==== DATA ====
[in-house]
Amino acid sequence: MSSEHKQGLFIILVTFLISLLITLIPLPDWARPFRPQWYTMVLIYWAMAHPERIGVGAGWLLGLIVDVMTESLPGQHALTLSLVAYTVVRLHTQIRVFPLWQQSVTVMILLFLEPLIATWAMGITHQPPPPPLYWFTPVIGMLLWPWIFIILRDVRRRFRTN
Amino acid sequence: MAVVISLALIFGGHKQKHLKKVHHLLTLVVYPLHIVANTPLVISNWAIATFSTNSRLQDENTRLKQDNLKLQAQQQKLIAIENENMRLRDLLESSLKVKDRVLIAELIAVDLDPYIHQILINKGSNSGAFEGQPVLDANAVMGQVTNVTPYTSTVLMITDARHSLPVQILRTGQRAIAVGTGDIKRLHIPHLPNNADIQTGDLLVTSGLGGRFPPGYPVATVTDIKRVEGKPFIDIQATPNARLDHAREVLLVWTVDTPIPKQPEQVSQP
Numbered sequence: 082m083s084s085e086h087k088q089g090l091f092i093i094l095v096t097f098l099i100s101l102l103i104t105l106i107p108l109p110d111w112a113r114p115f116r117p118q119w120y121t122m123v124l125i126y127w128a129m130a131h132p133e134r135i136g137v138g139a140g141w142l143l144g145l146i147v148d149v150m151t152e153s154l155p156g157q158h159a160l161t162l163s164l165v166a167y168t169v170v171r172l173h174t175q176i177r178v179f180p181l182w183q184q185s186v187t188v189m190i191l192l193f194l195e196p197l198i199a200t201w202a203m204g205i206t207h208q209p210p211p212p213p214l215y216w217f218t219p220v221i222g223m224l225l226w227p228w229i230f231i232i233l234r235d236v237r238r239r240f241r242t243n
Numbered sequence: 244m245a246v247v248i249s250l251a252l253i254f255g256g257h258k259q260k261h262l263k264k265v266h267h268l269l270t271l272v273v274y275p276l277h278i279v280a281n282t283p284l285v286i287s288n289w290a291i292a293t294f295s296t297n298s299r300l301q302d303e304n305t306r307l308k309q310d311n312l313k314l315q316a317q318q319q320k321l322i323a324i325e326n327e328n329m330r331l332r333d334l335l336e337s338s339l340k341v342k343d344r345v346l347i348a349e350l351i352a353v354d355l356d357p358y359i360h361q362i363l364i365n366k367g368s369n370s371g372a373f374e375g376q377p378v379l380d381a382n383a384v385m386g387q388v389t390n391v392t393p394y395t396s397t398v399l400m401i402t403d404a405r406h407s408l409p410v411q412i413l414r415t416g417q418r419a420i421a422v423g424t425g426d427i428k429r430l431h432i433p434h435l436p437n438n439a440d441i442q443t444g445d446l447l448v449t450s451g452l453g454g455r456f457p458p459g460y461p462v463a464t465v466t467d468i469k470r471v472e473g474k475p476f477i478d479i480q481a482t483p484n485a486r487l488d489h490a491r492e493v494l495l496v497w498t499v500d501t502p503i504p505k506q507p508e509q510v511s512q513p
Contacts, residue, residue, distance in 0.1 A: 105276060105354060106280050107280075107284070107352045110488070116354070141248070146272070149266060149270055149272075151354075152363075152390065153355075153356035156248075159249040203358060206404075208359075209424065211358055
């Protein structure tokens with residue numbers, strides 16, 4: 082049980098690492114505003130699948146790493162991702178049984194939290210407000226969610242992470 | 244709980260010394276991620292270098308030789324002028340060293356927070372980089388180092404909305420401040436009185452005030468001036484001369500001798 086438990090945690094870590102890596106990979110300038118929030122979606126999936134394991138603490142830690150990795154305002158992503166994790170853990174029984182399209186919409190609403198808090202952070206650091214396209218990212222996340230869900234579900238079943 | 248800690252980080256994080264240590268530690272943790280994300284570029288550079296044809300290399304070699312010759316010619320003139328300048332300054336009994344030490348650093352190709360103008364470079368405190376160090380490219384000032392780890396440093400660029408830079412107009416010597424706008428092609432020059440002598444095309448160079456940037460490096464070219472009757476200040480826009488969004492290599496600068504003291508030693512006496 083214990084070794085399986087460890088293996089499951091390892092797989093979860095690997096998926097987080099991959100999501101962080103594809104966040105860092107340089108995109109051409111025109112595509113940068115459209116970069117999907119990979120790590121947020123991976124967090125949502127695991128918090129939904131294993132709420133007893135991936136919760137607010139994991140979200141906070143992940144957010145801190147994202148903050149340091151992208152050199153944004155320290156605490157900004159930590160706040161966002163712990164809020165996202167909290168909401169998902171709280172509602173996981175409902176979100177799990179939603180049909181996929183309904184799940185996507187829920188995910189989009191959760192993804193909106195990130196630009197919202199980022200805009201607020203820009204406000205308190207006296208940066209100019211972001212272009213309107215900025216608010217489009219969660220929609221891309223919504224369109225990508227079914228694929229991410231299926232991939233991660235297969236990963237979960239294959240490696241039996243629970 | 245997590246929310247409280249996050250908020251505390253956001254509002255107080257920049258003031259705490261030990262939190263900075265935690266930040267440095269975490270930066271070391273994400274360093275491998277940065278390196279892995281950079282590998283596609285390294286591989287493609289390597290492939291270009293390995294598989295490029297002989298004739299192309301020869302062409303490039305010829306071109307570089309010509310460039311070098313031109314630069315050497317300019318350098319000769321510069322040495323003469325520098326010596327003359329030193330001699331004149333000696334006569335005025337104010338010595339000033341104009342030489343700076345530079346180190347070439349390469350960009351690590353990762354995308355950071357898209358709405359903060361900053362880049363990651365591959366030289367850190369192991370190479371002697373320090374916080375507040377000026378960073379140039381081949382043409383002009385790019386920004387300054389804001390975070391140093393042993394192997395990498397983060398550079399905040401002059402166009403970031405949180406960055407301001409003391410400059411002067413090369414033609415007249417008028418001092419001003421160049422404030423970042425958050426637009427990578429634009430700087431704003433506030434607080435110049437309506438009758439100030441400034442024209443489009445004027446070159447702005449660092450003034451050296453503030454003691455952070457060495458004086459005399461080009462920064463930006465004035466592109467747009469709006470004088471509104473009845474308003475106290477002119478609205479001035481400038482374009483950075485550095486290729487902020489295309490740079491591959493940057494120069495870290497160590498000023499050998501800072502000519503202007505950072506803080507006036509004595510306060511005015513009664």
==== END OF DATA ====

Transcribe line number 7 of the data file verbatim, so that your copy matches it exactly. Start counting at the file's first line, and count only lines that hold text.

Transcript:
């Protein structure tokens with residue numbers, strides 16, 4: 082049980098690492114505003130699948146790493162991702178049984194939290210407000226969610242992470 | 244709980260010394276991620292270098308030789324002028340060293356927070372980089388180092404909305420401040436009185452005030468001036484001369500001798 086438990090945690094870590102890596106990979110300038118929030122979606126999936134394991138603490142830690150990795154305002158992503166994790170853990174029984182399209186919409190609403198808090202952070206650091214396209218990212222996340230869900234579900238079943 | 248800690252980080256994080264240590268530690272943790280994300284570029288550079296044809300290399304070699312010759316010619320003139328300048332300054336009994344030490348650093352190709360103008364470079368405190376160090380490219384000032392780890396440093400660029408830079412107009416010597424706008428092609432020059440002598444095309448160079456940037460490096464070219472009757476200040480826009488969004492290599496600068504003291508030693512006496 083214990084070794085399986087460890088293996089499951091390892092797989093979860095690997096998926097987080099991959100999501101962080103594809104966040105860092107340089108995109109051409111025109112595509113940068115459209116970069117999907119990979120790590121947020123991976124967090125949502127695991128918090129939904131294993132709420133007893135991936136919760137607010139994991140979200141906070143992940144957010145801190147994202148903050149340091151992208152050199153944004155320290156605490157900004159930590160706040161966002163712990164809020165996202167909290168909401169998902171709280172509602173996981175409902176979100177799990179939603180049909181996929183309904184799940185996507187829920188995910189989009191959760192993804193909106195990130196630009197919202199980022200805009201607020203820009204406000205308190207006296208940066209100019211972001212272009213309107215900025216608010217489009219969660220929609221891309223919504224369109225990508227079914228694929229991410231299926232991939233991660235297969236990963237979960239294959240490696241039996243629970 | 245997590246929310247409280249996050250908020251505390253956001254509002255107080257920049258003031259705490261030990262939190263900075265935690266930040267440095269975490270930066271070391273994400274360093275491998277940065278390196279892995281950079282590998283596609285390294286591989287493609289390597290492939291270009293390995294598989295490029297002989298004739299192309301020869302062409303490039305010829306071109307570089309010509310460039311070098313031109314630069315050497317300019318350098319000769321510069322040495323003469325520098326010596327003359329030193330001699331004149333000696334006569335005025337104010338010595339000033341104009342030489343700076345530079346180190347070439349390469350960009351690590353990762354995308355950071357898209358709405359903060361900053362880049363990651365591959366030289367850190369192991370190479371002697373320090374916080375507040377000026378960073379140039381081949382043409383002009385790019386920004387300054389804001390975070391140093393042993394192997395990498397983060398550079399905040401002059402166009403970031405949180406960055407301001409003391410400059411002067413090369414033609415007249417008028418001092419001003421160049422404030423970042425958050426637009427990578429634009430700087431704003433506030434607080435110049437309506438009758439100030441400034442024209443489009445004027446070159447702005449660092450003034451050296453503030454003691455952070457060495458004086459005399461080009462920064463930006465004035466592109467747009469709006470004088471509104473009845474308003475106290477002119478609205479001035481400038482374009483950075485550095486290729487902020489295309490740079491591959493940057494120069495870290497160590498000023499050998501800072502000519503202007505950072506803080507006036509004595510306060511005015513009664």